Urban Heat and Urban Landscapes (Extended Coverage)

Bri­an Stone, Jr., PhD, Asso­ciate Pro­fes­sor and PhD Pro­gram Direc­tor, Geor­gia Tech Uni­ver­si­ty School of City & Region­al Plan­ning

Under­stand­ing cities as not just con­tain­ers for lots of peo­ple exposed to glob­al-scale cli­mate change, but as con­tain­ers that are ampli­fy­ing cli­mate change, is impor­tant. We want to be as spe­cif­ic as we can be in the ter­mi­nol­o­gy we’re using and the trends we’re mea­sur­ing. I work with a group that has been mea­sur­ing warm­ing trends in cities for years, and this is impor­tant because cities are dif­fer­ent from the plan­et as a whole. The dif­fer­ence between curves for urban and rur­al tem­per­a­ture obser­va­tions is the amount of addi­tion­al warm­ing hap­pen­ing in the cities, not dri­ven by green­house gas­es; it’s dri­ven by land-use change and waste-heat emis­sions. The rate of warm­ing in cities is more rapid than in rur­al areas, and in the aggre­gate we see cities warm­ing at about twice the rate of rur­al areas and twice the rate of the plan­et as a whole.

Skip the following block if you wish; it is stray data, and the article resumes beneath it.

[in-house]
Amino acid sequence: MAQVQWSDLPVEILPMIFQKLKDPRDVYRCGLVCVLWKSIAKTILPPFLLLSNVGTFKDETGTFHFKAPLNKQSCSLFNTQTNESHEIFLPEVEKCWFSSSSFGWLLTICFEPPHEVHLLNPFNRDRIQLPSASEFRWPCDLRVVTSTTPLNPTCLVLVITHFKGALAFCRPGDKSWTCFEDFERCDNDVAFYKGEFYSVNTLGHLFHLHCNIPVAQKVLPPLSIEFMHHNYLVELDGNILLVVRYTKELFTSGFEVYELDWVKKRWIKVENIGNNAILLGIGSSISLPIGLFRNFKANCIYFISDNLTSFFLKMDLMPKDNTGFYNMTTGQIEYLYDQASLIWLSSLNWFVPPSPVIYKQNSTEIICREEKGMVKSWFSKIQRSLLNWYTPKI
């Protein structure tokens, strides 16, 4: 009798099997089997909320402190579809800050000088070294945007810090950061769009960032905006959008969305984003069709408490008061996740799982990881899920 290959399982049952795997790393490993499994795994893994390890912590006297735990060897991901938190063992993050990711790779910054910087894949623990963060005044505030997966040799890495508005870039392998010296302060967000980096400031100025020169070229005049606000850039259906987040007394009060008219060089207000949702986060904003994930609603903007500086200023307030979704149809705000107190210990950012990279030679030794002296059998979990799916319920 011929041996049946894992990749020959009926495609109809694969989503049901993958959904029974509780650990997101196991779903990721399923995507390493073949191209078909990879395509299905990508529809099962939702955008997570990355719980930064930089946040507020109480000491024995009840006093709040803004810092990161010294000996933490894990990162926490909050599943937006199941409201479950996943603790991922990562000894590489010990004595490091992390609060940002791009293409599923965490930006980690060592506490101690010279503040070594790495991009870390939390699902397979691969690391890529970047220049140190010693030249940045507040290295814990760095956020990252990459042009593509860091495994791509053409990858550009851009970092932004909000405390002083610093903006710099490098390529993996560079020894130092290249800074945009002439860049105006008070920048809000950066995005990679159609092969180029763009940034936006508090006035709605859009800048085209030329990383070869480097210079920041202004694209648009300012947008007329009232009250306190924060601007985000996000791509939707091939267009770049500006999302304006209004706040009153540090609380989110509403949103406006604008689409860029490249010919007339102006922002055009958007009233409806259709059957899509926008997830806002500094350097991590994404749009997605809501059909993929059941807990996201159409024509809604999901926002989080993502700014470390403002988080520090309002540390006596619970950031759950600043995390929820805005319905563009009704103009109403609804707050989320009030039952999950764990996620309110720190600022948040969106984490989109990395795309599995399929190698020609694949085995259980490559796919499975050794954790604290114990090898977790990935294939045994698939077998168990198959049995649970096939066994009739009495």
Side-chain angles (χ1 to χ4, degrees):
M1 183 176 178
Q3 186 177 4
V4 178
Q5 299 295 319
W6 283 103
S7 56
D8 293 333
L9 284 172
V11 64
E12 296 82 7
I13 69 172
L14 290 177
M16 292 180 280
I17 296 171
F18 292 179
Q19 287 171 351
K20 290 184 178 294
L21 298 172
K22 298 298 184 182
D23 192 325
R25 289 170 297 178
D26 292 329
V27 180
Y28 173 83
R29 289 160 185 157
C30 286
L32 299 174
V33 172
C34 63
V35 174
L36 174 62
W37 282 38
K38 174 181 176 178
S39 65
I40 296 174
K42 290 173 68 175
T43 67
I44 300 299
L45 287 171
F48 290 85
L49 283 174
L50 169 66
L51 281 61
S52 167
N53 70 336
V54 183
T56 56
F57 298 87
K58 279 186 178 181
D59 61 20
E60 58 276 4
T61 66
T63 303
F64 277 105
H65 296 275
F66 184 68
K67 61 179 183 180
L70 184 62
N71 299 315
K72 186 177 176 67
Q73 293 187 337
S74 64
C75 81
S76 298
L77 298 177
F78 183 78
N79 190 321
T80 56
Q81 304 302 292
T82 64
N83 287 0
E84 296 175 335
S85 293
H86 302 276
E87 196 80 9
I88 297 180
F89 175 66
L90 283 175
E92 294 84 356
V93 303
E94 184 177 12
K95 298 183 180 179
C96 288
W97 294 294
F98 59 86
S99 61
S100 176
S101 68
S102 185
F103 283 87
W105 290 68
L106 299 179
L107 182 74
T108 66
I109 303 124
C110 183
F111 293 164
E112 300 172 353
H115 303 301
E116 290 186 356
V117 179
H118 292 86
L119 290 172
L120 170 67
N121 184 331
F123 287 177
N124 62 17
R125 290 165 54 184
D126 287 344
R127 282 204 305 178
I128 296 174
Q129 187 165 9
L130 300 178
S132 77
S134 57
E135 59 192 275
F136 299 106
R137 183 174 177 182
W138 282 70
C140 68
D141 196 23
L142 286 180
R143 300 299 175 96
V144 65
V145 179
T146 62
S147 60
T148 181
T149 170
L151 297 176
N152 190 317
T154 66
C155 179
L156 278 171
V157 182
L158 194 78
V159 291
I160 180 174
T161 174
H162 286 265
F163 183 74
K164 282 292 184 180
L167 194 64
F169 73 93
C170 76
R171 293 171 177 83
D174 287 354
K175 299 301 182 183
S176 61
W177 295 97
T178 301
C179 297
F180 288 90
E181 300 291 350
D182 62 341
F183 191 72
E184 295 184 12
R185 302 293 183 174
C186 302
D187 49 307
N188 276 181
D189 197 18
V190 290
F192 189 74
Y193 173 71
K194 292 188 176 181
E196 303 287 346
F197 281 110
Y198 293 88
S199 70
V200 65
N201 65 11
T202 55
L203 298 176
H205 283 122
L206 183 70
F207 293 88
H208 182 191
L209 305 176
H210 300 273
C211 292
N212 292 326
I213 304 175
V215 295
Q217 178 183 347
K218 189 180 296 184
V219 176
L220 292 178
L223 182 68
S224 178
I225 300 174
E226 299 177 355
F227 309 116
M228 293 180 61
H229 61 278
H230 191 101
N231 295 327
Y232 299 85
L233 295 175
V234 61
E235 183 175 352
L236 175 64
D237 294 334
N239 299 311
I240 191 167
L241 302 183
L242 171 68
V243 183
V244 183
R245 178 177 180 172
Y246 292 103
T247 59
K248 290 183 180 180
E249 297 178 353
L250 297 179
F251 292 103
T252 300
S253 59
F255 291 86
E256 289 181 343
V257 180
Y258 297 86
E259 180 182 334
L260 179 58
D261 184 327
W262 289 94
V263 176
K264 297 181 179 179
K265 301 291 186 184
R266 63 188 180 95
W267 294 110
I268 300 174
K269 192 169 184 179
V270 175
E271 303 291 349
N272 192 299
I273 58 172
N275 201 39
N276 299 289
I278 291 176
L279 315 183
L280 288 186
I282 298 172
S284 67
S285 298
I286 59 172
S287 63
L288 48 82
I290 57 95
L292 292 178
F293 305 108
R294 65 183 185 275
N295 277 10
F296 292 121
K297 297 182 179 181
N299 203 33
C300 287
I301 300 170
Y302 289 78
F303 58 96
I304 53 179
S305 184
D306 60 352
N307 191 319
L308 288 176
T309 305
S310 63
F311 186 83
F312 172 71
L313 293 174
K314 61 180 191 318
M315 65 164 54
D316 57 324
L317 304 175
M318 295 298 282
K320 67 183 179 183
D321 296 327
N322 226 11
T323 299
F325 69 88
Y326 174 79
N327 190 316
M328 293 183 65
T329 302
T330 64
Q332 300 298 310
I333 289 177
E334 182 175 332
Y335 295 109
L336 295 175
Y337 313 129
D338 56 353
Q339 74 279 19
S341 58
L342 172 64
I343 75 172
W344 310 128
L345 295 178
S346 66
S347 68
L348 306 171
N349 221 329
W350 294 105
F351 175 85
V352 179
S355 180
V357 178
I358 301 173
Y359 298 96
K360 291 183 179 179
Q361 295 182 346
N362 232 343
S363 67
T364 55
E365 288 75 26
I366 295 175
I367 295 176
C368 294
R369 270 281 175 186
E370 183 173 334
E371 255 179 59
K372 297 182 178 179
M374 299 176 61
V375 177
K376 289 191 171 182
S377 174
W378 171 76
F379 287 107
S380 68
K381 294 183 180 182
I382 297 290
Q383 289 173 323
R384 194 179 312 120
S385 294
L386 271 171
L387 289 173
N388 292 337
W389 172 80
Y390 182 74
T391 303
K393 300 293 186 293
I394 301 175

The oth­er four dri­vers of cli­mate change in cities have been men­tioned: loss of veg­e­ta­tion, imper­vi­ous mate­ri­als, waste heat, and urban mor­phol­o­gy. If we’re only focused on green­house gas­es, we’re miss­ing a big piece of the puz­zle. So we’ll be hear­ing about strate­gies focused on veg­e­ta­tion enhance­ment; increas­ing reflec­tiv­i­ty, albe­do; mor­phol­o­gy, chan­nel­ing wind, mois­ture, and ener­gy; and then this piece that we prob­a­bly don’t focus on enough, par­tic­u­lar­ly in a place like Man­hat­tan, waste heat. We’re think­ing about var­i­ous strate­gies for the emerg­ing field of urban heat man­age­ment, but with an end point that’s real­ly focused on pub­lic health, and this is the way we con­cep­tu­al­ize it. It’s not just enough to think about cool­ing down cities; we need to think about where we’re cool­ing down cities and how we’re deploy­ing these strate­gies.


Emi­ly Nobel Maxwell, NYC Pro­gram Direc­tor for Urban Sus­tain­abil­i­ty, The Nature Con­ser­van­cy